It is possible to understand if a more open market will be able to prevail, a market which will be closer to the utmost principles of market, rather than a monopolistic market controlled by Government in all its aspects, thus producing a high taxation to cover the costs of the effects of controlling. More clearly, if the Government controls gaming, takes on itself an expensive burden, and in order to assume this burden it has to spend, and in order to spend it has to find the money, and in order to find the money it will tax the very same citizen, to whom it will offer this service, and protection (even from ludopatia). Now a balance between these two things can be found. What we have always said and that the ECJ has said in many sentences “canalization of gaming in controlled circuits”, what does it mean? It means that it is sufficient in my opinion to have a deep knowledge of the phenomenon, it means being able to verify the numbers and the effects and their effective cost for the society (criminal interests, ludopatia, etc). But this principle is valid for every economic activity, as any of these has its excesses that lead to pathologic behavior, and every lucrative activity can attract criminal attention. The difference is that in the gaming market money – intended as cash – are at hand, but not wealth or enrichment (since in this very moment, especially in the online gaming, the gain is extremely low). Therefore the phenomenon needs to be regulated. In the question the example of UK is mentioned: it is a different culture, a more developed civic mindedness with different habits and where gaming is intended more betting than gaming machine. It is a big difference of ground where to farm common gaming rules. But I still believe that we will reach an agreement (we already have it in several states), on the understanding that the principles of gaming are common for all the states. In conclusion, even if it can seem a contradiction, we all should tend towards a regulated market. The level of control and regulation on individual markets can vary, but it cannot be overly invasive as it would produce negative effects, on costs and results.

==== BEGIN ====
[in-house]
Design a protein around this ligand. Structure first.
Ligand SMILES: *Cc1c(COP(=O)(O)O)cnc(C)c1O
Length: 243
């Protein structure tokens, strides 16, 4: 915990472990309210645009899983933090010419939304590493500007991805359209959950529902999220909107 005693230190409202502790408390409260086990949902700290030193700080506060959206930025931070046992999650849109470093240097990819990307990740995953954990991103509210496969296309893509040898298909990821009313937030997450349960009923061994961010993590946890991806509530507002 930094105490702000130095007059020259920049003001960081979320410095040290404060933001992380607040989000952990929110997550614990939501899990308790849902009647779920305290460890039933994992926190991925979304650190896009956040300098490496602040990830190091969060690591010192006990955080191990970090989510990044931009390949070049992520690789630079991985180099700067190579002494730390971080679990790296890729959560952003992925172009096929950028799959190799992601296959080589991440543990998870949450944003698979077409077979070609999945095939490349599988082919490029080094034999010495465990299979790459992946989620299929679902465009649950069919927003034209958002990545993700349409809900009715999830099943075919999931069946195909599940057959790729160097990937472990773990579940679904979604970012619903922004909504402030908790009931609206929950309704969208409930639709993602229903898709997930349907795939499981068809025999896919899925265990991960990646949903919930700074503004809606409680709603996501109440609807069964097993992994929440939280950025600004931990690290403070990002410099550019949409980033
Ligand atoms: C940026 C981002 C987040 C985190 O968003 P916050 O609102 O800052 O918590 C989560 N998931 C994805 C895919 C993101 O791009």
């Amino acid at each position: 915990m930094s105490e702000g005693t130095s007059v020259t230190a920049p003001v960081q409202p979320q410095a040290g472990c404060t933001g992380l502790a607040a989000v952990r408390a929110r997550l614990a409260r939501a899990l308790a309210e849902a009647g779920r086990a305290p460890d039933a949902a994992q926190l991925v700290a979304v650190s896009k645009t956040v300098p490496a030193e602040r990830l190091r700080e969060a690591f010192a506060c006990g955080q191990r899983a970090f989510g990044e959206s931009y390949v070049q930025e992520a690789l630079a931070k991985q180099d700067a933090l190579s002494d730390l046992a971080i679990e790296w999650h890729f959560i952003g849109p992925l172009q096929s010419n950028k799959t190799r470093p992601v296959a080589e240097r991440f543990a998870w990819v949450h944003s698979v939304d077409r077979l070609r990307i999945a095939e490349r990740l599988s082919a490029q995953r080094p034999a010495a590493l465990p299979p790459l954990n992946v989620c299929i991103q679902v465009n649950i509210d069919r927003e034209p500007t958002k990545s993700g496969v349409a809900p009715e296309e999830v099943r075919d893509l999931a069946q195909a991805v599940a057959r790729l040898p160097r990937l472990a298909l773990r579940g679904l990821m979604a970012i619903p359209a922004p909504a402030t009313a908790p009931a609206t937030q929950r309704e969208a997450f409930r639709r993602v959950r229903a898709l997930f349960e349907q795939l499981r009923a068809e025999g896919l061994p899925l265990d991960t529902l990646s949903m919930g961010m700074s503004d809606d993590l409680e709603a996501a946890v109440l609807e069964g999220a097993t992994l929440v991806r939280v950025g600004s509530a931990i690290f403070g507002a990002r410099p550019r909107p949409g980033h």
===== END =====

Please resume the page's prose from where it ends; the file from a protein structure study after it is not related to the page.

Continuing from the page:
The pros and cons of the Italian system are due to what we said previously: it is the product of the evolution from the 90’s to now. Someone prefers a return to the past, to prohibition of all gaming: and to step back to the basic principle (that, we should remember, is still at the basis of the regulation in Italy) it is prohibited any money-prize game, with the only exception of games with Government authorization, that is now defined as public gaming). The effect of this return to the past would be a free and uncontrolled market for any operator. And if someone could imagine an activity of repression by the Government, this would have such an infinitely higher cost than any other cost deriving from the negative effects of regulated gaming, as we would not have neither the strength nor the possibility to realize it. Not even is imaginable a compression to zero, because if it is true, as we traditionally know, that gaming exists from the man creation, then how is it possible to think to suppress it completely? It is impossible! In this case the only result would be a flourishing black market, scarcely controllable (unless undertaking economically and socially unsustainable military operations). And surely even if operators would benefit from this, as they would be free from ties (extremely expensive for them, largely reducing their profit margins), the jungla will cause to the more professional of them sensible problems. Therefore a free, black market. Today, moreover, we are experiencing (especially in EU) an extremely adverse moment for the gaming industry, even if we realize that it would be counter-productive to destroy the entire system. In conclusion, we can say that the cons for Italian Government gaming rulings are two: the rigidities about which I spoke in the first answer: a disharmony in principles (I insist on this) and also the fragmentation of the primary norm, which is born from interests, from contingent situations, sporadic interventions without sense; that is the source of the problems: those same disparities of which it was said before have born from interests of single groups, rather than from a logic of homogenous regulation. It is nowadays frequently proposed a consolidated Gaming Act, as there is UK: I feel that it is more necessary to find general leading principles and not a detailed and meticulous set of norms. And here is the second cons: often Italian norms are detailed to the point to create problematic disparities and conflicts with other norms; and that is a source of conflict, often also between the operator and Government and it doesn’t have sense as the licenced operator should be a fiduciary of the state.